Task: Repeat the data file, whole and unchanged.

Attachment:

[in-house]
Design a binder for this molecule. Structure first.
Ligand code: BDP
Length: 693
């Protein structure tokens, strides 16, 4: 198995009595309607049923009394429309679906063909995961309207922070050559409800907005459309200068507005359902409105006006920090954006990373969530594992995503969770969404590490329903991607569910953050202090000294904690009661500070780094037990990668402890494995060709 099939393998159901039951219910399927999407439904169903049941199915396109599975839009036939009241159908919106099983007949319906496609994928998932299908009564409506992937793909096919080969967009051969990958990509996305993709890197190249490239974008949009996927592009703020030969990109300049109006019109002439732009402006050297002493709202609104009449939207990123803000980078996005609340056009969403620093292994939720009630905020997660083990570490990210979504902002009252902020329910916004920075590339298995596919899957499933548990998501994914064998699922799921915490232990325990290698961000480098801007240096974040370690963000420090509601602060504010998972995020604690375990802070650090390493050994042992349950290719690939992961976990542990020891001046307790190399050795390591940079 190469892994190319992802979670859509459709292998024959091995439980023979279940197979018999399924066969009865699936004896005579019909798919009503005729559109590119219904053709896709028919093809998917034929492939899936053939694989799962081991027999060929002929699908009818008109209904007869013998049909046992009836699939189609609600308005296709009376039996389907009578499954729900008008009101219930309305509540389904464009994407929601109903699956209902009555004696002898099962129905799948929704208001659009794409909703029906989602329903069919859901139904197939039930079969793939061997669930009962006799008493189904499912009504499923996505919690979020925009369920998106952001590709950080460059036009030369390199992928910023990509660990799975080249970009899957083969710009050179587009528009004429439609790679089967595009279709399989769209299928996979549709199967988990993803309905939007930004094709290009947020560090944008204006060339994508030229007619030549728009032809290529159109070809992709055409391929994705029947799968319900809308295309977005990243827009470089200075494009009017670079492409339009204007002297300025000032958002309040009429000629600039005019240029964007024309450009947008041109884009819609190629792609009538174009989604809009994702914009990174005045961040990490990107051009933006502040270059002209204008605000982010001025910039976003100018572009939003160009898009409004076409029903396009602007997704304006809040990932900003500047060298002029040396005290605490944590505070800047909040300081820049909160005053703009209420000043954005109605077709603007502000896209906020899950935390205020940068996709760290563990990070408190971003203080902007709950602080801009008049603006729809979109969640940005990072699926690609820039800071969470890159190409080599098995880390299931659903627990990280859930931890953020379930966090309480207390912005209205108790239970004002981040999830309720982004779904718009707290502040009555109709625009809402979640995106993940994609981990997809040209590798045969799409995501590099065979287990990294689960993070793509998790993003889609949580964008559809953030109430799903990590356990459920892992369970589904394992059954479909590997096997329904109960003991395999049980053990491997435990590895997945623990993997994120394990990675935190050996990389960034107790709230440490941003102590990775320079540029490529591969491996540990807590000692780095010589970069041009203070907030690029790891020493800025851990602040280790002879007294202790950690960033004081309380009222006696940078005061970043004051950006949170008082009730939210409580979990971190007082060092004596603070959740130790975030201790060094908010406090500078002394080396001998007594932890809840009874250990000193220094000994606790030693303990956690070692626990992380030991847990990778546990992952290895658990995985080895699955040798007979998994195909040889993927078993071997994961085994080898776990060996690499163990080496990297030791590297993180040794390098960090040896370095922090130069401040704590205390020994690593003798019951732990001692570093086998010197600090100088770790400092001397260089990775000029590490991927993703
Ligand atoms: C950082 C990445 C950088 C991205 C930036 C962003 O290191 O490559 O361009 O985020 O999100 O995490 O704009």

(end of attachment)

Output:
[in-house]
Design a binder for this molecule. Structure first.
Ligand code: BDP
Length: 693
């Protein structure tokens, strides 16, 4: 198995009595309607049923009394429309679906063909995961309207922070050559409800907005459309200068507005359902409105006006920090954006990373969530594992995503969770969404590490329903991607569910953050202090000294904690009661500070780094037990990668402890494995060709 099939393998159901039951219910399927999407439904169903049941199915396109599975839009036939009241159908919106099983007949319906496609994928998932299908009564409506992937793909096919080969967009051969990958990509996305993709890197190249490239974008949009996927592009703020030969990109300049109006019109002439732009402006050297002493709202609104009449939207990123803000980078996005609340056009969403620093292994939720009630905020997660083990570490990210979504902002009252902020329910916004920075590339298995596919899957499933548990998501994914064998699922799921915490232990325990290698961000480098801007240096974040370690963000420090509601602060504010998972995020604690375990802070650090390493050994042992349950290719690939992961976990542990020891001046307790190399050795390591940079 190469892994190319992802979670859509459709292998024959091995439980023979279940197979018999399924066969009865699936004896005579019909798919009503005729559109590119219904053709896709028919093809998917034929492939899936053939694989799962081991027999060929002929699908009818008109209904007869013998049909046992009836699939189609609600308005296709009376039996389907009578499954729900008008009101219930309305509540389904464009994407929601109903699956209902009555004696002898099962129905799948929704208001659009794409909703029906989602329903069919859901139904197939039930079969793939061997669930009962006799008493189904499912009504499923996505919690979020925009369920998106952001590709950080460059036009030369390199992928910023990509660990799975080249970009899957083969710009050179587009528009004429439609790679089967595009279709399989769209299928996979549709199967988990993803309905939007930004094709290009947020560090944008204006060339994508030229007619030549728009032809290529159109070809992709055409391929994705029947799968319900809308295309977005990243827009470089200075494009009017670079492409339009204007002297300025000032958002309040009429000629600039005019240029964007024309450009947008041109884009819609190629792609009538174009989604809009994702914009990174005045961040990490990107051009933006502040270059002209204008605000982010001025910039976003100018572009939003160009898009409004076409029903396009602007997704304006809040990932900003500047060298002029040396005290605490944590505070800047909040300081820049909160005053703009209420000043954005109605077709603007502000896209906020899950935390205020940068996709760290563990990070408190971003203080902007709950602080801009008049603006729809979109969640940005990072699926690609820039800071969470890159190409080599098995880390299931659903627990990280859930931890953020379930966090309480207390912005209205108790239970004002981040999830309720982004779904718009707290502040009555109709625009809402979640995106993940994609981990997809040209590798045969799409995501590099065979287990990294689960993070793509998790993003889609949580964008559809953030109430799903990590356990459920892992369970589904394992059954479909590997096997329904109960003991395999049980053990491997435990590895997945623990993997994120394990990675935190050996990389960034107790709230440490941003102590990775320079540029490529591969491996540990807590000692780095010589970069041009203070907030690029790891020493800025851990602040280790002879007294202790950690960033004081309380009222006696940078005061970043004051950006949170008082009730939210409580979990971190007082060092004596603070959740130790975030201790060094908010406090500078002394080396001998007594932890809840009874250990000193220094000994606790030693303990956690070692626990992380030991847990990778546990992952290895658990995985080895699955040798007979998994195909040889993927078993071997994961085994080898776990060996690499163990080496990297030791590297993180040794390098960090040896370095922090130069401040704590205390020994690593003798019951732990001692570093086998010197600090100088770790400092001397260089990775000029590490991927993703
Ligand atoms: C950082 C990445 C950088 C991205 C930036 C962003 O290191 O490559 O361009 O985020 O999100 O995490 O704009």